Freddy Kempf

MICHAEL DRAKE St Margaret's Church, King's Lynn


> St Margaret's Church, King's Lynn

This brilliant young pianist returned to make his mark on two of the most renowned keyboard works in classical music.

He opened with majestic chords in Beethoven's Sonata in C minor, Pathetikue, and while early bars were of little pace, they were extremely emotive, with much reflective time as the two main episodes alternated.

Those musical gaps were almost too much to bear later after the colour of the start of the Andante and there followed an exuberant finale.

And what a contrast compositionally and in performance was the same composer's Passionata Sonata.

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This was fiery Freddy and broadened Beethoven dominated by the fate motif and a power bursting to be free.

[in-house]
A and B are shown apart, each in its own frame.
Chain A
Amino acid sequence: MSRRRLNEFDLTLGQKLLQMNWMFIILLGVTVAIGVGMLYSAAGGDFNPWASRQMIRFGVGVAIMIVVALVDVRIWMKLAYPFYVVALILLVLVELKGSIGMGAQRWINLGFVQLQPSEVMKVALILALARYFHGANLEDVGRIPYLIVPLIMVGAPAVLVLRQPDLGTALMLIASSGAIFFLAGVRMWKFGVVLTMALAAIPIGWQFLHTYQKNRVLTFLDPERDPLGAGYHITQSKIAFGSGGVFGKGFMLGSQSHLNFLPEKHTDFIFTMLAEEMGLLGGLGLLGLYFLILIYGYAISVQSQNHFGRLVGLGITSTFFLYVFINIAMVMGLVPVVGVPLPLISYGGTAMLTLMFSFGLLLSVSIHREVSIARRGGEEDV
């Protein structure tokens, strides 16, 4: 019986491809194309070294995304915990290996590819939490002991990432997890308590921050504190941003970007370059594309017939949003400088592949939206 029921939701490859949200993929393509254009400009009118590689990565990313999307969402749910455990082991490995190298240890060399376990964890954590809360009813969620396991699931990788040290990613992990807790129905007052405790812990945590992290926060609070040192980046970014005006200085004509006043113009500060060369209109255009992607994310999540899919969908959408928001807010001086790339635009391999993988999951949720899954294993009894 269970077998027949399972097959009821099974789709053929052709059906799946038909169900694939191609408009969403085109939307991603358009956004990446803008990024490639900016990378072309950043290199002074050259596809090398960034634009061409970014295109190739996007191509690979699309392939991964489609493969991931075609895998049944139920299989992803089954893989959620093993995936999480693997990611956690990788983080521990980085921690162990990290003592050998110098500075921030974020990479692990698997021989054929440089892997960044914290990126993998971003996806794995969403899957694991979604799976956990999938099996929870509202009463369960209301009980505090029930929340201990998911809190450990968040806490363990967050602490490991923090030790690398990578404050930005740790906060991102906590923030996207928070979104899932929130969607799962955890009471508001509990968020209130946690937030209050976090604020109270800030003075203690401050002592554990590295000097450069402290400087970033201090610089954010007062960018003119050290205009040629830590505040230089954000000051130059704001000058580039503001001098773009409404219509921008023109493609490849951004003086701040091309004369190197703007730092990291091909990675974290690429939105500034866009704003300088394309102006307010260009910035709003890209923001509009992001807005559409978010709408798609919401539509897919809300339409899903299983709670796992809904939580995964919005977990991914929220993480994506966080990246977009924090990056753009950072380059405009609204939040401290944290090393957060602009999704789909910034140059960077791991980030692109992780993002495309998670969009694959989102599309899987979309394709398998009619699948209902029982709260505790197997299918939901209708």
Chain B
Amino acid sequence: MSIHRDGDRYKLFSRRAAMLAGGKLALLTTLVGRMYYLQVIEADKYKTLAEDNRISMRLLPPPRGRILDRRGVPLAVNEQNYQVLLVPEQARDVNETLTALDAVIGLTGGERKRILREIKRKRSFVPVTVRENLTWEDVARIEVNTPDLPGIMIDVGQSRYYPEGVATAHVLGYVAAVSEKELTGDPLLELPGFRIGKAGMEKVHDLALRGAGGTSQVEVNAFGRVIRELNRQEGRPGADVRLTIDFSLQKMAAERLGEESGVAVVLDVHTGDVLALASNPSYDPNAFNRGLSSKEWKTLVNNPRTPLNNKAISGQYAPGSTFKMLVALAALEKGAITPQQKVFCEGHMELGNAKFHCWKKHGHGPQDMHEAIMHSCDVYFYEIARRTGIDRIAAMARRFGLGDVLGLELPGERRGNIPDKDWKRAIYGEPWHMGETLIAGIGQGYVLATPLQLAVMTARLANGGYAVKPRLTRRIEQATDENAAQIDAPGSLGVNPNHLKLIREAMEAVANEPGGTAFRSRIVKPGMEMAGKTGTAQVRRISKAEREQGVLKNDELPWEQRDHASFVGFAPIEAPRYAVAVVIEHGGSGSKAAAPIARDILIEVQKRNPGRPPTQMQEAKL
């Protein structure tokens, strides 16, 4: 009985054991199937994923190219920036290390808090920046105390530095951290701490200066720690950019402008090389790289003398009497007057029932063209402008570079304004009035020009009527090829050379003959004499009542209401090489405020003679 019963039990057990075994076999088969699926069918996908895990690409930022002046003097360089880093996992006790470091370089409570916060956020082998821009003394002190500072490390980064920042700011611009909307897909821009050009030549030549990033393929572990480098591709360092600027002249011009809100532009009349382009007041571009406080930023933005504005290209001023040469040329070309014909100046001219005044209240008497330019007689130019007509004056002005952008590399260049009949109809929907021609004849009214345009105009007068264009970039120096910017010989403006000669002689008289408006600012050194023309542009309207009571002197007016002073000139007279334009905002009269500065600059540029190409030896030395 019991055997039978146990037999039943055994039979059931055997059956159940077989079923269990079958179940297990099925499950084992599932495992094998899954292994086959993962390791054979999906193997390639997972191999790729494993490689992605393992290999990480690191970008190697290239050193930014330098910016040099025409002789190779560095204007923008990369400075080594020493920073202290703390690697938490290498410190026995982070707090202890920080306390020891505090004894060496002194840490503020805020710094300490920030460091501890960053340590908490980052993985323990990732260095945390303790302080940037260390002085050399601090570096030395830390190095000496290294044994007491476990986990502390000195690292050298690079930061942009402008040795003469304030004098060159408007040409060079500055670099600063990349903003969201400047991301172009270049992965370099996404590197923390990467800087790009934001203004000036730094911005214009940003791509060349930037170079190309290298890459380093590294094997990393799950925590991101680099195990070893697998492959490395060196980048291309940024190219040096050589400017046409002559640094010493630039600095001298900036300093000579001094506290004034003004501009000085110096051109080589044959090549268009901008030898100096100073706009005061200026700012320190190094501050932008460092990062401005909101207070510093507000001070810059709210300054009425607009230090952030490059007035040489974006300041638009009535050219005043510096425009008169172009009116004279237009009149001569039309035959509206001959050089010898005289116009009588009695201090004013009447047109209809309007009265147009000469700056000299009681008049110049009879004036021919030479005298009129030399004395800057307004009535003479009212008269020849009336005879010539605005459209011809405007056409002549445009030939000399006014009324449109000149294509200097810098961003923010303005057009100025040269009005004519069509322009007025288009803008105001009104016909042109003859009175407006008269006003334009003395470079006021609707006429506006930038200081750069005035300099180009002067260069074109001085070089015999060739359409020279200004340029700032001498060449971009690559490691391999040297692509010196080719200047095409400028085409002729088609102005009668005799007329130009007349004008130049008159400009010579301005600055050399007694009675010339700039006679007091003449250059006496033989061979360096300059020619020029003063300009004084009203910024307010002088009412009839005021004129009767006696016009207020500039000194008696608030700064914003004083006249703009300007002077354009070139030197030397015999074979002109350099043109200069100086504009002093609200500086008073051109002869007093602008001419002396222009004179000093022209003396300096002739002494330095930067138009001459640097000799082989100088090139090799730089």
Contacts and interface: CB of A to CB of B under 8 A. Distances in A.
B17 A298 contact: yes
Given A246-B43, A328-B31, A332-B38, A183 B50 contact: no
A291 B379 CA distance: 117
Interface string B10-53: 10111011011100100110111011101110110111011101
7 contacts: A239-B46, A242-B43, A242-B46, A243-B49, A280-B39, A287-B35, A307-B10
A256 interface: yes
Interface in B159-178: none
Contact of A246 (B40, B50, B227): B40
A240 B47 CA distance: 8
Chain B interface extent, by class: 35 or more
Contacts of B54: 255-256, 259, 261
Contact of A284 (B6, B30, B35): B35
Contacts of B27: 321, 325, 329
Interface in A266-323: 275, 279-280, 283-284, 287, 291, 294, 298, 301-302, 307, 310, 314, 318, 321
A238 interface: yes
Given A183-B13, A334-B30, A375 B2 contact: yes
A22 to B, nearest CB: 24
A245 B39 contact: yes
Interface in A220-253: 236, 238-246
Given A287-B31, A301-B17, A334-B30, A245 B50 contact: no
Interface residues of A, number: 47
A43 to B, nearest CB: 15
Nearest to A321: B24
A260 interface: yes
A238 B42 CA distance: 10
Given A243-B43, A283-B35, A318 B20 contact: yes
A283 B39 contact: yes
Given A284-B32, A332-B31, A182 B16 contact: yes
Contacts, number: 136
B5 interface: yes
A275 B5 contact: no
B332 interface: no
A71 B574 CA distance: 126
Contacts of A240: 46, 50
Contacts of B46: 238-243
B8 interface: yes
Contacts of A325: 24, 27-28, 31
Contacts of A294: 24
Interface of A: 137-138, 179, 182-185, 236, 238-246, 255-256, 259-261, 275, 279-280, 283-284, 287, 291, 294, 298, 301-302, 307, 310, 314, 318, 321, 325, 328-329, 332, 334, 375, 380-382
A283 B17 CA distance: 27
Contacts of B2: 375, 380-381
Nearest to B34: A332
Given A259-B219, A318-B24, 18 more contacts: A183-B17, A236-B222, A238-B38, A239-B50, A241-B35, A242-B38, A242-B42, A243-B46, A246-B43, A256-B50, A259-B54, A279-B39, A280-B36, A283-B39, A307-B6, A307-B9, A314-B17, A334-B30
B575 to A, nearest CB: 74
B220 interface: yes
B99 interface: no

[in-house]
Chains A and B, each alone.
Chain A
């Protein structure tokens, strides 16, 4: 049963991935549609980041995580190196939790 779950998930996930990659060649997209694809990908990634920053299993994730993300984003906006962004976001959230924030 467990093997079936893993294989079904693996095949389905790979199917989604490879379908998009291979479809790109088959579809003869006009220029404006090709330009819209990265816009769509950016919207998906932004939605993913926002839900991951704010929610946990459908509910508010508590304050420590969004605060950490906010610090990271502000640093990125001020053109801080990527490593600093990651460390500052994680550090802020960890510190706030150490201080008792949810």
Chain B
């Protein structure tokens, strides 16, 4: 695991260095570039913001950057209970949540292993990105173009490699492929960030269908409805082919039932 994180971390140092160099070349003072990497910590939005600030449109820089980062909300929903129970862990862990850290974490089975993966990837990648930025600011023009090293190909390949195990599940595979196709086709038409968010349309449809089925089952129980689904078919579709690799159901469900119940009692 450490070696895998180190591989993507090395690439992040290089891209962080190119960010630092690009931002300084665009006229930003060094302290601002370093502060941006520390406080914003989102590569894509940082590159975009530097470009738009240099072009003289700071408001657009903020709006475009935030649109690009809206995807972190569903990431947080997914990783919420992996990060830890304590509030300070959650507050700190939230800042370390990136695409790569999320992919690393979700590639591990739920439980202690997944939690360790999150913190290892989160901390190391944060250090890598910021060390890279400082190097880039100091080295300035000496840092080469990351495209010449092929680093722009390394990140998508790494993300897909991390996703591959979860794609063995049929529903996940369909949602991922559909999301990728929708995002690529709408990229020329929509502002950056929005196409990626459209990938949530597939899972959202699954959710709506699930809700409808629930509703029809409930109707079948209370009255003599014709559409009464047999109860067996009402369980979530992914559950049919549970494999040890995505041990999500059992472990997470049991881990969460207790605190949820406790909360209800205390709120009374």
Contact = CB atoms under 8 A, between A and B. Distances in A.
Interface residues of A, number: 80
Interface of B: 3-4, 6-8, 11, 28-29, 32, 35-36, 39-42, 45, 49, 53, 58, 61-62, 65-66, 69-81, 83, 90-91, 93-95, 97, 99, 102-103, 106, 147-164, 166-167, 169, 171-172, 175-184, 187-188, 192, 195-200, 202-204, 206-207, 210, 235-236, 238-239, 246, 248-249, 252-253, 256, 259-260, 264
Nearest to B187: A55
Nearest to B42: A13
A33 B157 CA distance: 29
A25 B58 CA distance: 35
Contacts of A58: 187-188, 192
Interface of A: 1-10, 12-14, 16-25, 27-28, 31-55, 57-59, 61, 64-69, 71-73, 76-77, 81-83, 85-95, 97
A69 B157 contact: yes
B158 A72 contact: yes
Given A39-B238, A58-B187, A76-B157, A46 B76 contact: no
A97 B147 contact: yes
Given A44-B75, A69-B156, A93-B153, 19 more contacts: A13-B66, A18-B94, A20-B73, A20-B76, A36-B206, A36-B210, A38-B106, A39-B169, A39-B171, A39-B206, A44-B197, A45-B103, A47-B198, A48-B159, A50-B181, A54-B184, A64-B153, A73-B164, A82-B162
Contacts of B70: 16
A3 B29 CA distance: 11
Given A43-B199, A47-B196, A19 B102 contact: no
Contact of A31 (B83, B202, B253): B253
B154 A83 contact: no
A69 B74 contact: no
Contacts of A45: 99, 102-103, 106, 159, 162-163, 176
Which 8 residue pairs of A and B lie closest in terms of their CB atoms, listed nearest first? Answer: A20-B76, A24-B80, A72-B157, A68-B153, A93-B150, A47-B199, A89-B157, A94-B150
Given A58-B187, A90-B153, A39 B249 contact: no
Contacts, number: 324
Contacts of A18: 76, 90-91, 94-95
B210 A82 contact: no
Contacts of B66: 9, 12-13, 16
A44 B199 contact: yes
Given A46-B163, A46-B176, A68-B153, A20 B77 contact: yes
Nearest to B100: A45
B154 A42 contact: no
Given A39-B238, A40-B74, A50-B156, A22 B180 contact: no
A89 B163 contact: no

The relatively delicate variations of the second movement were then given subtle tonal interests before passion returned in a free-flowing finale.

Chopin's Etudes Op.25 completed a concentrated evening in which the easy way would be to allocate a single adjective to each of the dozen studies.

In turn they flowed into filigrees of sound, sometimes in a hurry, sometimes dazzling in the arpeggios, strong (even no 9, The Butterfly) and with the heavy machinery let loose in no 10, until it relaxed into gentility to reach the end in the most descriptive of the set and the final, broadly stated melody.

It was a synopsis of Kempf's versatility with some of the most famous and extraordinary music.

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